Tag Info

Hot answers tagged

7

The Android design resources are a pretty good resource to look through. If a frequent or important action within the context of that screen is to add a row then you should consider putting it in the main action bar. From the Android guide: Show the most important actions of your app in the actions section. Actions that don't fit in the action bar are ...


5

You can use two actions in a row, Apple does support that with its standard UI elements. Its called the Detail Disclosure button. * * Users tap a detail disclosure button to reveal additional information or functionality related to a specific item. The additional details or functionality are revealed in a separate view. * From IOS Human Interface ...


3

From a UX perspective, it looks like the table you've got is a bit dense for a smartphone screen. I would start by figuring out which of these columns people are going to want to browse by. Are they scanning for a particular concept ID, or are they going to want a list sorted by type, or are they reading all the descriptions? If you answer those questions ...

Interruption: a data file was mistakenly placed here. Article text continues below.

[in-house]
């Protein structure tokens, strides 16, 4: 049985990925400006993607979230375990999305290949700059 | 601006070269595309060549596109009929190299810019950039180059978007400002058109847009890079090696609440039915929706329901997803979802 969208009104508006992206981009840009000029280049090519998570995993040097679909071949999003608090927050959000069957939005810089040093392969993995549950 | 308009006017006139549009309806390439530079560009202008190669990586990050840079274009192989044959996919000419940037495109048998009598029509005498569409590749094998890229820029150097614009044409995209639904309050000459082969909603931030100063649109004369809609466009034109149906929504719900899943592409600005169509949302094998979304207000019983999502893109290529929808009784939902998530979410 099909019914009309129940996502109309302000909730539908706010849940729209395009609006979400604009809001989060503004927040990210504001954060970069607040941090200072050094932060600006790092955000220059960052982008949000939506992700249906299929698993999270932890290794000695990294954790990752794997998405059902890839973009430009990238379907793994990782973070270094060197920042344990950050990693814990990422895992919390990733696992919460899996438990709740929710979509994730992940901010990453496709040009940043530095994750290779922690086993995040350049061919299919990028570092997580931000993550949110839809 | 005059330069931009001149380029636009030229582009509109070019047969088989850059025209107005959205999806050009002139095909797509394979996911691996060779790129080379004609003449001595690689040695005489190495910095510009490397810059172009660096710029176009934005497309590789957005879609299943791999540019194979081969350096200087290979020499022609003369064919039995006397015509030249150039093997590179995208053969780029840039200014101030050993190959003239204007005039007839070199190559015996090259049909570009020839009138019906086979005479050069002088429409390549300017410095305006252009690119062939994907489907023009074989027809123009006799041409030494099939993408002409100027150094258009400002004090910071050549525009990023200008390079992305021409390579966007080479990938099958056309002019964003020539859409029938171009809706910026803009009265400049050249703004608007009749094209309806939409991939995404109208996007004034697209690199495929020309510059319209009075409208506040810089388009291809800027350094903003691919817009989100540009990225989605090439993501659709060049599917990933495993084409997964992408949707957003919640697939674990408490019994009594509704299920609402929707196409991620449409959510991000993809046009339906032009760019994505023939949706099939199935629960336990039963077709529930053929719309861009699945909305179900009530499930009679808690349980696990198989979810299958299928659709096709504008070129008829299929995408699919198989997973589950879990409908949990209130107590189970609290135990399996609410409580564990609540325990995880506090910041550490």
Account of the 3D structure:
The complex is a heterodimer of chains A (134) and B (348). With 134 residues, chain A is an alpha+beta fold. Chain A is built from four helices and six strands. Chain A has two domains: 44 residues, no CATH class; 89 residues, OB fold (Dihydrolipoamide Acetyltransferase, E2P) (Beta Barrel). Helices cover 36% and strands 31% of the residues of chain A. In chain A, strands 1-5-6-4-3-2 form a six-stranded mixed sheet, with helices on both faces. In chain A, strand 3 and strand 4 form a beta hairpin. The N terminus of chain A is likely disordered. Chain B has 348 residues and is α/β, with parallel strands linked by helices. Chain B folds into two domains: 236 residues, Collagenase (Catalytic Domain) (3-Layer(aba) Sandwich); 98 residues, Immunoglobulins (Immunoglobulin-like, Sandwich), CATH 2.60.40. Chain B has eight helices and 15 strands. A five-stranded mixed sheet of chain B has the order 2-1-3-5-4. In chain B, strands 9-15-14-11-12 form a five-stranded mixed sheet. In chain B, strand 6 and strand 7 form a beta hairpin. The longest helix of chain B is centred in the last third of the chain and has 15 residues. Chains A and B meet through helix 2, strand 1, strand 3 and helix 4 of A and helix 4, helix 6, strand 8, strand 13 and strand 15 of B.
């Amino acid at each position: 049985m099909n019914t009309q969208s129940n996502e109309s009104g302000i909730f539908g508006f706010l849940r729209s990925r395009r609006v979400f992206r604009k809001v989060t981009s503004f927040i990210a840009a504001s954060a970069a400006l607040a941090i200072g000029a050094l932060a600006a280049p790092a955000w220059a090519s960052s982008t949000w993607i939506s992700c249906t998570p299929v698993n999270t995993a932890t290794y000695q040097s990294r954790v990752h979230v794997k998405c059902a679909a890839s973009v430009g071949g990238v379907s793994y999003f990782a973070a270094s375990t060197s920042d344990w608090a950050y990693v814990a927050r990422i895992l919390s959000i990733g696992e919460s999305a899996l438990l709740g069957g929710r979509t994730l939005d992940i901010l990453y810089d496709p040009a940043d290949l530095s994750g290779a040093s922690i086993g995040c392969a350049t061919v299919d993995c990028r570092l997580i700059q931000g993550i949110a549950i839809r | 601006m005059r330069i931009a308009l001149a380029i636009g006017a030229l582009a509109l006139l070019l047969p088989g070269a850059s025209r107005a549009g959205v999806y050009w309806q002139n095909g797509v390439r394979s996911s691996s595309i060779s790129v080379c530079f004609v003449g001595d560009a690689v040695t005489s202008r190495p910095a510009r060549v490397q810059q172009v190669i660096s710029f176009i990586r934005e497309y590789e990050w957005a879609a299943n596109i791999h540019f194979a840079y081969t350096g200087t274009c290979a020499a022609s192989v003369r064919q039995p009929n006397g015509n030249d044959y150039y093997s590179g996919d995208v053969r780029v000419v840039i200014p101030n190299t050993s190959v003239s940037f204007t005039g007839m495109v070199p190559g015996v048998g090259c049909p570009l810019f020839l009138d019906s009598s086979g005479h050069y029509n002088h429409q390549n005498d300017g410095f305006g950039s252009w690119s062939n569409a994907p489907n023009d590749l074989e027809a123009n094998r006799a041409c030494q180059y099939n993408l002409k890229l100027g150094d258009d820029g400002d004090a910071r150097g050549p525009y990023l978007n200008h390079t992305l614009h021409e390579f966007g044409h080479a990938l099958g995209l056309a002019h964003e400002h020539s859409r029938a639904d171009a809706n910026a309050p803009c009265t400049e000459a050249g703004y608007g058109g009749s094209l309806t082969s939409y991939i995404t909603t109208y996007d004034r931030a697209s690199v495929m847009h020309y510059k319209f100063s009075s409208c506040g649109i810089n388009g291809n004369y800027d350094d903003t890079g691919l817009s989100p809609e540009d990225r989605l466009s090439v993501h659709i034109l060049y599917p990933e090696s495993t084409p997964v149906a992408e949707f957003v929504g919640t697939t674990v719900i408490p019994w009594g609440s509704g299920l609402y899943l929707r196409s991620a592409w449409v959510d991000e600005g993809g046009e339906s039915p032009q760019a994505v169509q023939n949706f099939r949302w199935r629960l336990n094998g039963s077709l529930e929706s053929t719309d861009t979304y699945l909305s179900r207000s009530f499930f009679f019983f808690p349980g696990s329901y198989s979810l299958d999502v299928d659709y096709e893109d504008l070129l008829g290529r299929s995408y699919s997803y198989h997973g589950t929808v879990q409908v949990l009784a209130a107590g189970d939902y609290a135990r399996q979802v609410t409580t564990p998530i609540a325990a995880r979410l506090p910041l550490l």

2

It depends on how and where you want to use the list. As a best practice for better usability, it is best to represent a list with alternative row colors for each list item - this makes it easy to read, which makes even bigger difference in a list of sentences as user can read each sentence and know without any confusion where it ends and the new one begins. ...


2

Your second suggestion (and as per your image) are perfectly usable and meets the requirement to be able to browse the list and jump to a specific point. Usability trumps 'looking a bit weird' in this instance. However, depending on your use case, another option would be to split all the neighborhood into expandable panels so that the user can scroll up ...


2

I think you can, regardless of the phone OS. If you take a look at Windpws Phone Call History, you have two different actions on the same row. The first item is an icon of a phone, and on key press you will call that person. The second item is the name, which on key press will lead to that persons contact information: But to make this work you'll need a ...


2

There are multiple ways to approach your problem. But first of all, I'll give advice that cannot be given often enough: Get rid of clutter first. Especially in a "data intensive" environment. The rule of thumb here is: If you have more than about 7 columns you're doing it wrong. Look at every column, find out if you actually need it and come up with ...